LGDR's new flagship space at 19 East 64th Street in New York. Photo by Matt Grubb for LGDR. Image courtesy of LGDR.

LGDR, the powerhouse gallery jointly formed by dealers Dominique Lévy, Brett Gorvy, Amalia Dayan, and Jeanne Greenberg Rohatyn in late 2021, has thrown open the doors of a stunning new flagship gallery on East 64th street.

The sprawling six-floor Beaux-Arts-style townhouse was built in the early 1930s and in addition to being one of the oldest gallery buildings in New York, was also the longtime headquarters of the Wildenstein art dealing dynasty.

The inaugural show, “Rear View,” is sure to make a splash. It includes dozens of artworks spanning two floors by a dynamic mix of blue-chip artists ranging from established masters such as Rene Magritte and Francis Bacon, to later stars such as Eric Fischl, Barkley Hendricks, and Yoko Ono, to contemporary stars including Urs Fischer, Jenna Gribbon, Jenny Saville, and Issy Wood. All of the works explore representation of the human figure as seen from behind, including no shortage of depictions of buttocks.

Installation view of “Rear View” at LGDR with work by Jenny Saville Juncture (1994) (top) and Domenico Gnoli Back View (1968) (bottom). Photo: Jason Schmidt. Courtesy LGDR.

Author Dieter Roelstraete, who wrote an essay about the show for an accompanying zine, opened his remarks at the preview on April 17 by acknowledging the often “humorous” nature of the exhibition. And in his essay, he wrote: “Backs and behinds: it is cause for some mirth that leafing through the checklist for ‘Rear View’ made me realize that in all my long years of looking at and thinking about [Caspar David] Friedrich’s Rückenfiguren, I had never seriously considered these pictures of people seen from the back to be pictures of backsides as well.”

Another author, Alison Gingeras, also contributed an essay appropriately titled “Bad Asses.” It swings from an in-depth look at Felix Valloton’s seminal Étude de fesses (c. 1884), chosen as the feature image for the show, to butt-related jokes made by Chris Rock (“Show your ass!” he urged anyone seeking attention) in his recent stand-up comedy Netflix show, to Kim Kardashian’s famous “moneymaker.”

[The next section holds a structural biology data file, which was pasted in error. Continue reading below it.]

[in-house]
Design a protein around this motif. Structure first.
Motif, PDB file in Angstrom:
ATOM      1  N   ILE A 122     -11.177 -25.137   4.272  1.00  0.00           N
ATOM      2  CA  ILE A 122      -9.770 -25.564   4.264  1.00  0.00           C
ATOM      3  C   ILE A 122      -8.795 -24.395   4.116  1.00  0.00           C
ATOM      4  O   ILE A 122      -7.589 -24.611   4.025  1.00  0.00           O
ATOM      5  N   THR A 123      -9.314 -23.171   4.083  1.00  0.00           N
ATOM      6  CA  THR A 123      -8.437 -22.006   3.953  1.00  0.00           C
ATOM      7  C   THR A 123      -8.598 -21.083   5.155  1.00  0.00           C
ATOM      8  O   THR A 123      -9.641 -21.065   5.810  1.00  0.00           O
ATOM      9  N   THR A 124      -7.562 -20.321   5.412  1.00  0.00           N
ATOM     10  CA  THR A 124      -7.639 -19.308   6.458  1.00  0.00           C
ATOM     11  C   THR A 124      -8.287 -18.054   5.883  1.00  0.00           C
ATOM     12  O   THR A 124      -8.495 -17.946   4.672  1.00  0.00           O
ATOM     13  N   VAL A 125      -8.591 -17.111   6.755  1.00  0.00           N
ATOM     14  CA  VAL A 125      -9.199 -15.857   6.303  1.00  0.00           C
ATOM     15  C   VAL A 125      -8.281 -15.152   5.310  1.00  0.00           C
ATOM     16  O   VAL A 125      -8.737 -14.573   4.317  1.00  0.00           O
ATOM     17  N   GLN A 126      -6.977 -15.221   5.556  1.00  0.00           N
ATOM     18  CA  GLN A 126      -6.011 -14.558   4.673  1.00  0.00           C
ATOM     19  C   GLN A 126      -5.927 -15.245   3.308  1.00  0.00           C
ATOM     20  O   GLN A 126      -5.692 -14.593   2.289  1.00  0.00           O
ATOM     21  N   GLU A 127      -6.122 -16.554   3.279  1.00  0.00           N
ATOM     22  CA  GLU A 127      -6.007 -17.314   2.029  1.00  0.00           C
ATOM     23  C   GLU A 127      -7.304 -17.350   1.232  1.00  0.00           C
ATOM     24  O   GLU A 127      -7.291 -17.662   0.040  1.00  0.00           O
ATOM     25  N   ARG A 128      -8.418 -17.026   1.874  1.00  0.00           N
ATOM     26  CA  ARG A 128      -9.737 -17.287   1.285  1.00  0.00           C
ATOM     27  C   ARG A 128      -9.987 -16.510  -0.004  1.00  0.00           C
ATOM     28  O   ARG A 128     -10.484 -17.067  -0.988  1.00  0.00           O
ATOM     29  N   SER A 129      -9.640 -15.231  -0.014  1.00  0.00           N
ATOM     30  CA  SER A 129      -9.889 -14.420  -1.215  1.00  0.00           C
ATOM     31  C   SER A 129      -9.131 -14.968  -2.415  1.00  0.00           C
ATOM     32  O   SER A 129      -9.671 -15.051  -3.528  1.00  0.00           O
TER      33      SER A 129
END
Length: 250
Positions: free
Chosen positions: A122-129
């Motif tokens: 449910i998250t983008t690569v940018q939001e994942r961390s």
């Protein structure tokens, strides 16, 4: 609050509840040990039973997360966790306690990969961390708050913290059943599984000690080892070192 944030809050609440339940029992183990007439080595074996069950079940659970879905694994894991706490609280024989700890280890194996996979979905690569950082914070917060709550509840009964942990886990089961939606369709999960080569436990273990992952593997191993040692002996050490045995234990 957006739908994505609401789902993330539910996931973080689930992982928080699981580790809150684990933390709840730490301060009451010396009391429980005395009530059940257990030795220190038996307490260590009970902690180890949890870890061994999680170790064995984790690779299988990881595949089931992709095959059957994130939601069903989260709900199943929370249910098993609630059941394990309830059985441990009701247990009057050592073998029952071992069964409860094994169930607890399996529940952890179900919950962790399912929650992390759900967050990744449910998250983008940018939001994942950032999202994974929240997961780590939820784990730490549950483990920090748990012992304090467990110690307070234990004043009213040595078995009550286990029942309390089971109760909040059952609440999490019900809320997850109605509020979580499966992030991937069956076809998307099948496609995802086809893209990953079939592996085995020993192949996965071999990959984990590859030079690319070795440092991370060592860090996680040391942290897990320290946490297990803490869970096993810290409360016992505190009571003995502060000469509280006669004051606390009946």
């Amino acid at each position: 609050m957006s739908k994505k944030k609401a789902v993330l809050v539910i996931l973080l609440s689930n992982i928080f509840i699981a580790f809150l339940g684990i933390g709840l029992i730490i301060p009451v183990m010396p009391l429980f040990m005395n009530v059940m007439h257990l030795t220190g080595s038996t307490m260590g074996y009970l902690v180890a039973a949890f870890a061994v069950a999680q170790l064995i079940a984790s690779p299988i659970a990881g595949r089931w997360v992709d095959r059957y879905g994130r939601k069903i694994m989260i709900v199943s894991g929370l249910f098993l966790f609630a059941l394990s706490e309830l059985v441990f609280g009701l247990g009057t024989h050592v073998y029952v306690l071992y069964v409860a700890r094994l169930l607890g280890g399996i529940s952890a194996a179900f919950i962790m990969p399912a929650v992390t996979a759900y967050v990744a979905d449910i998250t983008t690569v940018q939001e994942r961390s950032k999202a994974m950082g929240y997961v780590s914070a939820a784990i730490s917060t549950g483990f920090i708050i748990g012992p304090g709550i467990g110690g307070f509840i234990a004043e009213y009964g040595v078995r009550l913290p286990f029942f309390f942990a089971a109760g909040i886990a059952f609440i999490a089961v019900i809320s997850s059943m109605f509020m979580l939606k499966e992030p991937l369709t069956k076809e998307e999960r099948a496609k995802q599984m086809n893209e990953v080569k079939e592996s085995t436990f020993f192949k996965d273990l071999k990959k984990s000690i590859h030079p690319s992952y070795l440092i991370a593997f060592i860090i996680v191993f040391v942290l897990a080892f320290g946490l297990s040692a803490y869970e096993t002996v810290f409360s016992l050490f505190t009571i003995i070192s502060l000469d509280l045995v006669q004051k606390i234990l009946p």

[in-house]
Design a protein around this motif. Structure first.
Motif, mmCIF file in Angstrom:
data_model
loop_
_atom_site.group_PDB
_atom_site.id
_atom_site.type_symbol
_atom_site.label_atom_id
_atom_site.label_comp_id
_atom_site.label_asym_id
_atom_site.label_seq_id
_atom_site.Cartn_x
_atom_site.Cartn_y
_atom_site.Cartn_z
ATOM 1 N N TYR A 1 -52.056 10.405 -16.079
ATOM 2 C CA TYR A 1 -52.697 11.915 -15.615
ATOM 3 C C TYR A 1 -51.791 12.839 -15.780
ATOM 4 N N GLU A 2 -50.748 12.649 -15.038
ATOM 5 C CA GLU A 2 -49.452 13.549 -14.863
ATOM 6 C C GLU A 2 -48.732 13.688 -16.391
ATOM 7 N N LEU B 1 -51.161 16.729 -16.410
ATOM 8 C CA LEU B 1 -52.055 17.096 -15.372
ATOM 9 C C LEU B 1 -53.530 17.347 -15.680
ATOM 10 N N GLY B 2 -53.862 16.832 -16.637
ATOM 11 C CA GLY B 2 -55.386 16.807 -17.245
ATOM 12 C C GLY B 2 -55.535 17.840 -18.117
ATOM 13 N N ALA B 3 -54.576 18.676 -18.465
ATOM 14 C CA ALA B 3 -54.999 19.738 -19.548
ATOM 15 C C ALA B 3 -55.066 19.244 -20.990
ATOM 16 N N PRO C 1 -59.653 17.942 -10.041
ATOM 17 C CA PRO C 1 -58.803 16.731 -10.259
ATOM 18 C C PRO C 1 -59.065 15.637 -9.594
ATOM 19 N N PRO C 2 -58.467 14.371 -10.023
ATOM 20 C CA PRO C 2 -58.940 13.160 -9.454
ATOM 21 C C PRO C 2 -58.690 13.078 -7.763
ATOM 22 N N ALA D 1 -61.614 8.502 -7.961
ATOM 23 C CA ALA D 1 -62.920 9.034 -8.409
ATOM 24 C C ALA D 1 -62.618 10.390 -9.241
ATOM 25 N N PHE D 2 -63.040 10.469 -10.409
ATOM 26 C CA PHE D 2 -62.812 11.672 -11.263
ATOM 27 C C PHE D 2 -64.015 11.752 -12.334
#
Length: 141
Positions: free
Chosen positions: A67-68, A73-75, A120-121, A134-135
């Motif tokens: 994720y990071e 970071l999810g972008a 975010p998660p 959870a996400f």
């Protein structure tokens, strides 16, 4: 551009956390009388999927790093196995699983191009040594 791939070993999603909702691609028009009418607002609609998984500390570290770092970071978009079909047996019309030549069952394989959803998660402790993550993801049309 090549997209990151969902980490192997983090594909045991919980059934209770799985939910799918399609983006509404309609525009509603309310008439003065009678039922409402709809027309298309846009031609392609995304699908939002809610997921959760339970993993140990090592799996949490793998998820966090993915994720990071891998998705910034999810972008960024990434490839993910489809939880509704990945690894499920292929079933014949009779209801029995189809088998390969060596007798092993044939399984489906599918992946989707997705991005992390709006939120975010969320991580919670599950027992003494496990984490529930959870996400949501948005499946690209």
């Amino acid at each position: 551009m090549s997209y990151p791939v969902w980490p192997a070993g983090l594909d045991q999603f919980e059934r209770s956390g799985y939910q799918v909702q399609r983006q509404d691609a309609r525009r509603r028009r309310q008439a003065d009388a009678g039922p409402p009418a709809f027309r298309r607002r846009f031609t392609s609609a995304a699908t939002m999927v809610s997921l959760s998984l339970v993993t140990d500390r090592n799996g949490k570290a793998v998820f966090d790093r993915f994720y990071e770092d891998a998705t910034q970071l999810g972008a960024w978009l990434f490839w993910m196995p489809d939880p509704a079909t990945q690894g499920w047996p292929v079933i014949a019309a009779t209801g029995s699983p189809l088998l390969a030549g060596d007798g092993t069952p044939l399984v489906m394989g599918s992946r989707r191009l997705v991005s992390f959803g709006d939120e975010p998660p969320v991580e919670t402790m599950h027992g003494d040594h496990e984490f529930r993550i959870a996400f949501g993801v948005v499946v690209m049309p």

Installation view of “Rear View” at LGDR, with Urs Fischer, Divine Interventions (2023). Photo: Jason Schmidt. Courtesy LGDR.

The show also features a so-called “pendant” presentation in a single room, titled “Full Frontal” that features more explicit front-facing works by artists including Miriam Cahn, Gribbon, and Hendricks. “As the idiom of the title suggests, debates around moral propriety and censorship in art and popular culture often ascribe a confrontational value to front-facing nudes,” according to a statement accompanying the show.

All four founding partners were on hand to inaugurate the show, with Lévy seeming to address many of “mission” questions that have swirled around the partnership since it was first announced in late 2021.

Noting that they have been flooded with questions and rumors on what the partnership is about, she said they were previously “a bit homeless,” running separate gallery spaces including Lévy Gorvy’s former home at 909 Madison. There’s also the massive uptown space overhauled by Rohatyn for Salon 94 Design and opened in spring 2021, which just debuted LGDR’s much-buzzed-about show of Marilyn Minter’s work.

René Magritte, Sans famille (1958). Photo by Andreas Zimmermann. Image courtesy of LGDR.

Lévy said it was important to the four of them to “create a home” and further to choose a space that has history, as the 64th Street building does, noting that it was originally built as a gallery in 1932. Moving forward, following the Minter exhibition, all LGDR projects will be hosted at this new space, while Rohatyn will run her separate projects at Salon 94 Design.

Of the new exhibition, Lévy said it reflects “the togetherness of what we can do when we want to,” adding that exhibition-making is their passion. In terms of deciding on which works to include, she said, “it’s not about liking or not liking. It’s a conversation about what does it stir in terms of emotion and critical thinking.”

Installation view of “Rear View” at LGDR. Aristide Malliol, Flore drapée (avec guirlande de fleurs) (1911) and Fernando Botero The Bathroom (1989). Photo Jason Schmidt. Courtesy LGDR.

In addition to exhibition-making, she also re-emphasized some of the initial activities that LGDR had highlighted around the time of its formation, including offering strategic services to collectors, artists, institutions, philanthropic organizations, and private companies, including family offices.

“Rear View” is on view at LGDR, 19 East 64th Street, New York, through June 1.

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